Denise Drysdale and Anne Wills were never like this.
-- Laura Kendall, Adelaide Advertiser, March 2000.
Aviva performs with every atom of her being...
-- Di Beer, arts critic, Adelaide, March 2000.
Festival Fringe time in Adelaide the streets awash with the flotsam and jetsam of society. High heels and tiaras elbow to elbow with gothic girls, feminazis, burb-babes, the going too fast people, the going too slow people, the going nowhere people and the homy-gals and the mob from the big end of town slumming it... and they all went to the wrong show...the action was with Aviva... The night was an ambush; the quarry was the cultural silences of the Vietnam war; the weapons were truth and memory.
Confronting, In your face, raw, we heard it described many ways but this was just Aviva's tale. The Vietnamese musician, the grainy slides, the exuberance of "No See Dolly" (son Leslie's band) and the monologue left the punter no escape from a trip to Vietnam thirty years in the past. The Veterans in the audience squinted and surveyed trying to I.D. other Vets and reactions began betraying the masks but when Leslie's band began mimicking the Vietnam jungle F... Off lizard there was nowhere for the vets to hide ... I missed the next bit of the show because my eyes were watering and I had a really severe pain in my gut from laughing.
Icons and Images of the war were uncomfortable but necessary. The major sadness was the realisation of how the war machine had treated a very young seventeen year old in a very "Adult" environment and it became obvious that some of the shoulder rank people she met didn't get issued the officer and gentleman handbook in training. The tragedy is not as powerful as the triumph and surviving the war and its warriors is the testimony that shows the resilience of youth and the forging of a lifeforce.
for atmosphere and character "Brief Lives" with Roy Dotrice
for energy and emotion "Death of a Salesman" with Russel Starkey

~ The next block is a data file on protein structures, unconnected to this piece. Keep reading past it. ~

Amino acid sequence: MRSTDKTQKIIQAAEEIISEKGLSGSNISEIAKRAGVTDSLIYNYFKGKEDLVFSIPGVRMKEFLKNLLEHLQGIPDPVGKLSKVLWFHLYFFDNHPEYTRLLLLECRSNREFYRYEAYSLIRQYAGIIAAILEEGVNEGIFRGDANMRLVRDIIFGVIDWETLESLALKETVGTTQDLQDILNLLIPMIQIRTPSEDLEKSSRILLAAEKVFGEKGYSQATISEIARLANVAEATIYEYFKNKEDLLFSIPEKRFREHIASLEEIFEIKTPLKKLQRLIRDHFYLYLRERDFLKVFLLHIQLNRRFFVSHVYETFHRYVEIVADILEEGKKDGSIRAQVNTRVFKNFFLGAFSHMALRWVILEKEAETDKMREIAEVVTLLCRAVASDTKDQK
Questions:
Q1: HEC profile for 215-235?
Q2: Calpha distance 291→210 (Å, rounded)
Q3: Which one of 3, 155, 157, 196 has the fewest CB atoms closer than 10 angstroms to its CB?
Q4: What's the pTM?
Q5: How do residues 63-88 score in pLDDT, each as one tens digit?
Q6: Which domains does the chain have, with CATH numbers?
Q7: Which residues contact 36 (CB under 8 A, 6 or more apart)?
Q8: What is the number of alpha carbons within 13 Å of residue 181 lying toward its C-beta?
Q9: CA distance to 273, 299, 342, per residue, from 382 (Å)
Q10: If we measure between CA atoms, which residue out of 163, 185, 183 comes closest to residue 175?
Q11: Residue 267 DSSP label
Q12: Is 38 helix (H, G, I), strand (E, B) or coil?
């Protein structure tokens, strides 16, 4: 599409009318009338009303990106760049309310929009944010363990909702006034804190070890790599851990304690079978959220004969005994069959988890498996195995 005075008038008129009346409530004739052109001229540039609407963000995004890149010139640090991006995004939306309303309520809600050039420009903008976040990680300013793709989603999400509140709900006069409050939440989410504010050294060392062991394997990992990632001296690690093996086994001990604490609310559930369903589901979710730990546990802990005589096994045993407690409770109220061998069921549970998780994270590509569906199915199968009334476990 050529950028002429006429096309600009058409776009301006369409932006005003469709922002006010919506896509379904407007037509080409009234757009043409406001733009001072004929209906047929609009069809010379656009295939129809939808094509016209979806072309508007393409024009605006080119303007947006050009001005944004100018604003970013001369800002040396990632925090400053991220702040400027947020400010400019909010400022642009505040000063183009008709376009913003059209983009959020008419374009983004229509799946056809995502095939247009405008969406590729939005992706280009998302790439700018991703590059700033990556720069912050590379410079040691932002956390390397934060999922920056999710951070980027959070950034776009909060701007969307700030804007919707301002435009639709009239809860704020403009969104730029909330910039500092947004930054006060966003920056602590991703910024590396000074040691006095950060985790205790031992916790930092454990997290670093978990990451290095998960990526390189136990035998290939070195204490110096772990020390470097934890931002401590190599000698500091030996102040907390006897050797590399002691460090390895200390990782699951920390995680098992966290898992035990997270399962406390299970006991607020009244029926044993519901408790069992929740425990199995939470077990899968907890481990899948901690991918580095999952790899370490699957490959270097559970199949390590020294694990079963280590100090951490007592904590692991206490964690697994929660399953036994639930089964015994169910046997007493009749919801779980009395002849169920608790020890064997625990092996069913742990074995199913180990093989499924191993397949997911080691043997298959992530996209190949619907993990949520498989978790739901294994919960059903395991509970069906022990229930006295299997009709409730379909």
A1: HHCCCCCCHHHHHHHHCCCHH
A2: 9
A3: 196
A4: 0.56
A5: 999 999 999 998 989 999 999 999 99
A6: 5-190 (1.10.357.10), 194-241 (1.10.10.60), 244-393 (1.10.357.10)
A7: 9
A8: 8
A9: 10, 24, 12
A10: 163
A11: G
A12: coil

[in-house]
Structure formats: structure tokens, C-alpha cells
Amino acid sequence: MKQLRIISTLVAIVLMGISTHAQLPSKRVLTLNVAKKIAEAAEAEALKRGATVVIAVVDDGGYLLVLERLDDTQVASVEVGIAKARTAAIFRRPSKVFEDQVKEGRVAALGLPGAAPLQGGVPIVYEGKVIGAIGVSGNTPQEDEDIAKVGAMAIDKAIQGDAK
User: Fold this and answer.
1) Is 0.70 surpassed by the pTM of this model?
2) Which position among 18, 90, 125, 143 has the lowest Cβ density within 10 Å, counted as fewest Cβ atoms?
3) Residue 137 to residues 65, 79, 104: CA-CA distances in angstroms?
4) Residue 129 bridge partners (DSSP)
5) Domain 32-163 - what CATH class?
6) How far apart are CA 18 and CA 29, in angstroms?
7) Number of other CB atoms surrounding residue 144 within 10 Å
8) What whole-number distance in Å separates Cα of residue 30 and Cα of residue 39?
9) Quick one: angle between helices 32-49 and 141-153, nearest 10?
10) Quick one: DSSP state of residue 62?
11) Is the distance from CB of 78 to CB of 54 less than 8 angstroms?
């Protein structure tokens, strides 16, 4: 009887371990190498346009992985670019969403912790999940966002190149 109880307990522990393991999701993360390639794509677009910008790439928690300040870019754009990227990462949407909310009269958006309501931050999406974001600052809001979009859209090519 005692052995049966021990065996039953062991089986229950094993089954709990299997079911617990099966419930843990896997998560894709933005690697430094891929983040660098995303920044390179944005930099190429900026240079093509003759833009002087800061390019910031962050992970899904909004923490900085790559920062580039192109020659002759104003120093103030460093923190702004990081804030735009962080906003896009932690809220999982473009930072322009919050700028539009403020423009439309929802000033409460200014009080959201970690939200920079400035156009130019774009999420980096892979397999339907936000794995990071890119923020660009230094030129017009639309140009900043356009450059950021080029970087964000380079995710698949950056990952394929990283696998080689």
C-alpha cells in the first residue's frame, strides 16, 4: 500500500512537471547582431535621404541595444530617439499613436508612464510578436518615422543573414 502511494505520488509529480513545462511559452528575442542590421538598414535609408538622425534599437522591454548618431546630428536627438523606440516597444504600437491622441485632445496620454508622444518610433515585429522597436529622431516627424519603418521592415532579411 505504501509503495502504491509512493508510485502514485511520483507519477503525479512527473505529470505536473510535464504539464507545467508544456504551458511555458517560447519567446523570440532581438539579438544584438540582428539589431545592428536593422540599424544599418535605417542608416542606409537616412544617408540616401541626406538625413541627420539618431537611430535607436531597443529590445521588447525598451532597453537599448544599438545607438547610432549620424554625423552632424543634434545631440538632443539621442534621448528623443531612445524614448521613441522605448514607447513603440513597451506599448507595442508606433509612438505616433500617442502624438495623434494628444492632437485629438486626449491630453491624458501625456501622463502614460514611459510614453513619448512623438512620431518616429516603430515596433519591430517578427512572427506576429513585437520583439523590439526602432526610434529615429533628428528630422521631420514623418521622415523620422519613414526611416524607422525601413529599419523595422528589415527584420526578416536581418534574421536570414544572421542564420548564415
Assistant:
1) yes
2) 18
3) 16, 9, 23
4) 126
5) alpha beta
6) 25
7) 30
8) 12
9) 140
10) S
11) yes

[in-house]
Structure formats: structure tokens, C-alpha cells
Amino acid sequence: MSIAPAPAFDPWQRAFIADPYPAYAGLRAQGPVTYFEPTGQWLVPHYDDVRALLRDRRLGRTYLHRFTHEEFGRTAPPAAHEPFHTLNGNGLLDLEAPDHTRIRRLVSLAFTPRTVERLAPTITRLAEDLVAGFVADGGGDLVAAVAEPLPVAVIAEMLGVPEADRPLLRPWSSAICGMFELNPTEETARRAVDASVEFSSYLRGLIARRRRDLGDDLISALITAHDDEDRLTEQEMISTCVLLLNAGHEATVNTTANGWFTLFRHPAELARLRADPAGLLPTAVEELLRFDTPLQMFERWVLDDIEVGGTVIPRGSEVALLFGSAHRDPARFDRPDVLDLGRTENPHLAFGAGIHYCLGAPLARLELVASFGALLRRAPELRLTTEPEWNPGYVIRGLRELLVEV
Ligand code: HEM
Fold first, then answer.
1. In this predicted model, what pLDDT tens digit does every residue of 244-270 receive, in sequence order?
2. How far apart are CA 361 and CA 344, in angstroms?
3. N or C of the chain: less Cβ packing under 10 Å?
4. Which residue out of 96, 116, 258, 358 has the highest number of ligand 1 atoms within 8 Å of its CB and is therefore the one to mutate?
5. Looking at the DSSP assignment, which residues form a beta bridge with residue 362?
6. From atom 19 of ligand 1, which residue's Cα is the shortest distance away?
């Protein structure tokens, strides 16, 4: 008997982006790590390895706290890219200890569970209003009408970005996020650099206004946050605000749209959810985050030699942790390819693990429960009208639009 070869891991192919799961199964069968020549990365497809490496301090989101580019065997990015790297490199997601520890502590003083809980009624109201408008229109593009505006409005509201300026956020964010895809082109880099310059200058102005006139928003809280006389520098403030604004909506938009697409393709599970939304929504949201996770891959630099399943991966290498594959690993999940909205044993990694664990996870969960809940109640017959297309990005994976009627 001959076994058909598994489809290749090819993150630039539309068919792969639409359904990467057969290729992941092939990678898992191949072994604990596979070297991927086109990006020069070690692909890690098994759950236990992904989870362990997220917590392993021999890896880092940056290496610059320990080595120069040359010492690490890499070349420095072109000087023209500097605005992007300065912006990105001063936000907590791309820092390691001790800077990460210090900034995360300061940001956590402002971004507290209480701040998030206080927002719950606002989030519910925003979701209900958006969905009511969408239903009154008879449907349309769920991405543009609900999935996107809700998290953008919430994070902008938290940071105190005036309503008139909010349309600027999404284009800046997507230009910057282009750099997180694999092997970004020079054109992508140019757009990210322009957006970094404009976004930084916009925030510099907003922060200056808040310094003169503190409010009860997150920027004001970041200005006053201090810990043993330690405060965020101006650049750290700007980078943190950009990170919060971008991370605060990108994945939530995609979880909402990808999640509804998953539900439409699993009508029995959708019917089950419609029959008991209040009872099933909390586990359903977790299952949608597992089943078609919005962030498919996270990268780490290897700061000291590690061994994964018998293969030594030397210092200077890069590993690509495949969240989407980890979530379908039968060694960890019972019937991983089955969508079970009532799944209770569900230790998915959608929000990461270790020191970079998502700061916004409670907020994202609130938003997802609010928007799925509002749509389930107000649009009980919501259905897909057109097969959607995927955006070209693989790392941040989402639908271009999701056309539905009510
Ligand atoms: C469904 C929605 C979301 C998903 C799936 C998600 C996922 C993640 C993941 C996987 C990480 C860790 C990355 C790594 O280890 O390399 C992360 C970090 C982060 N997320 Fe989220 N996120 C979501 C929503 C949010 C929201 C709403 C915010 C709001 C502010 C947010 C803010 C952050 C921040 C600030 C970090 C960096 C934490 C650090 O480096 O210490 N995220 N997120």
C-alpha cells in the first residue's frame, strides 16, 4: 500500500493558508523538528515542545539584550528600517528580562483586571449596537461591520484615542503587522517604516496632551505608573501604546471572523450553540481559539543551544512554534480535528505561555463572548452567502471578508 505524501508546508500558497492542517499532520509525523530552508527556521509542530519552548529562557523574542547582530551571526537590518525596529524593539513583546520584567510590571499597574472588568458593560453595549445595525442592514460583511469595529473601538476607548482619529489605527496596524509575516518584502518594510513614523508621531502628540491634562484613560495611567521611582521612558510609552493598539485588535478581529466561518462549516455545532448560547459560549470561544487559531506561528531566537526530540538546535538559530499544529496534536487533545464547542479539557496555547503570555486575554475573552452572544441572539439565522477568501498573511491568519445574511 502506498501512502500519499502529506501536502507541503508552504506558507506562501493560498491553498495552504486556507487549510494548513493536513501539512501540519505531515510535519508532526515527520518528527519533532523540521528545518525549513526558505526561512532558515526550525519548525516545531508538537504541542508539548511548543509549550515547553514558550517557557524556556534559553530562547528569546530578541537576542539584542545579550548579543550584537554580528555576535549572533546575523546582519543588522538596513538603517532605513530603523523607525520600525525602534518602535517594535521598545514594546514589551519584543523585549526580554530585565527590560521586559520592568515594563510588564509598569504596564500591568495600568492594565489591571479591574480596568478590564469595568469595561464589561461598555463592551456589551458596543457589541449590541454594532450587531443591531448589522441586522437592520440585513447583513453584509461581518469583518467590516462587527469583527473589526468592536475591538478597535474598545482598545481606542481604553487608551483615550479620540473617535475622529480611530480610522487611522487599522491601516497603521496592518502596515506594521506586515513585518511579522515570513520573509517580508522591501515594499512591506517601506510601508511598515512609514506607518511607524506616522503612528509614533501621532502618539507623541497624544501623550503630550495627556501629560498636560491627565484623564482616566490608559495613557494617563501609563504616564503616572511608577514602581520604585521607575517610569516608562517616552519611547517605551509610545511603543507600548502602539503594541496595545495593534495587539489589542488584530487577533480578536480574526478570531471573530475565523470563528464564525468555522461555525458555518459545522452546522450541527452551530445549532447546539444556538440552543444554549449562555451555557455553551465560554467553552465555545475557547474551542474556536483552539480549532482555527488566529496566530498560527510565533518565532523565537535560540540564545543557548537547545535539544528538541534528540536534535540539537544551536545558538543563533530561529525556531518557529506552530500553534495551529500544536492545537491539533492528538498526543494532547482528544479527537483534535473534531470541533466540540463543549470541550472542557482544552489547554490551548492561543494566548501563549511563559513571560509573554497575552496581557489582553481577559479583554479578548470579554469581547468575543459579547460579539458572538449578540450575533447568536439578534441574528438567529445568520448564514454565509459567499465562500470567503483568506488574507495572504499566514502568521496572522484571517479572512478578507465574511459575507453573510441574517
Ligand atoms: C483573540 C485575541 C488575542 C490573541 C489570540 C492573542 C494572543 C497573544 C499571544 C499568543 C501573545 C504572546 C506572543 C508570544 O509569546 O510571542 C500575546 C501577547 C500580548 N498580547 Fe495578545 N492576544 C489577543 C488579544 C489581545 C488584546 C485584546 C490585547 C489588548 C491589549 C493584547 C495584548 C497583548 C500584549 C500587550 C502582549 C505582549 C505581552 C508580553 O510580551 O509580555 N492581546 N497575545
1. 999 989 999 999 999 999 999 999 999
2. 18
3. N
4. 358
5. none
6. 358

for homegrown theatre "Kiss me Kate" Mirabooka players
for this quality in one night "This is a War Zone Baby -- Improvise" with Aviva Sheb'a
-- Ian Campbell, The Grunt Club Incorporated, Adelaide 2000.
Carmen Wood interviewed Aviva at length for her high school journalism project in 1999. In the Adelaide Fringe Festival, 2000, Carmen saw Aviva's show "This is a War Zone, Baby -- Improvise!"
It made a big impact on her life: "Do get this book finished - you would have such a wide audience, there are things you have said to me that just blew my young mind. A remarkable life, and so much more accessible than what I learned through years of an expensive, formal education. Can't wait to get hold of it!"
- Carmen Wood, solicitor, Adelaide.
Link to Aviva's Oral History Australia report - Improvising in Barcelona on the International Oral History Association, Barcelona 2014.
Shebada! one-woman show, Kiama, November 2008
"Your performance demonstrated a degree of freedom of expression that is so rare. I feel it can help to release in individuals in your audience that very beneficial stimulant that will enable them to bring forth their own inner self thus assisting that essential process of locating, knowing and becoming that spritual essence that is inherently ours.
Essentially, it's the ability to show the inner true self that leads to our spiritual growth."
-- Florence Conway, at the Shebada! show November 22nd, 2008, Kiama
Illawarra Mercury 2013
VAJEX (Part 1) 2013
VAJEX (Part 2) 2013
South Coast Writers Centre Article 2012
Kiama Independent 2008
Kiama Advertiser 2008
Soft of Hearing ABC 2002
The Advertiser (Adelaide) 2001
Pandora Journal 1995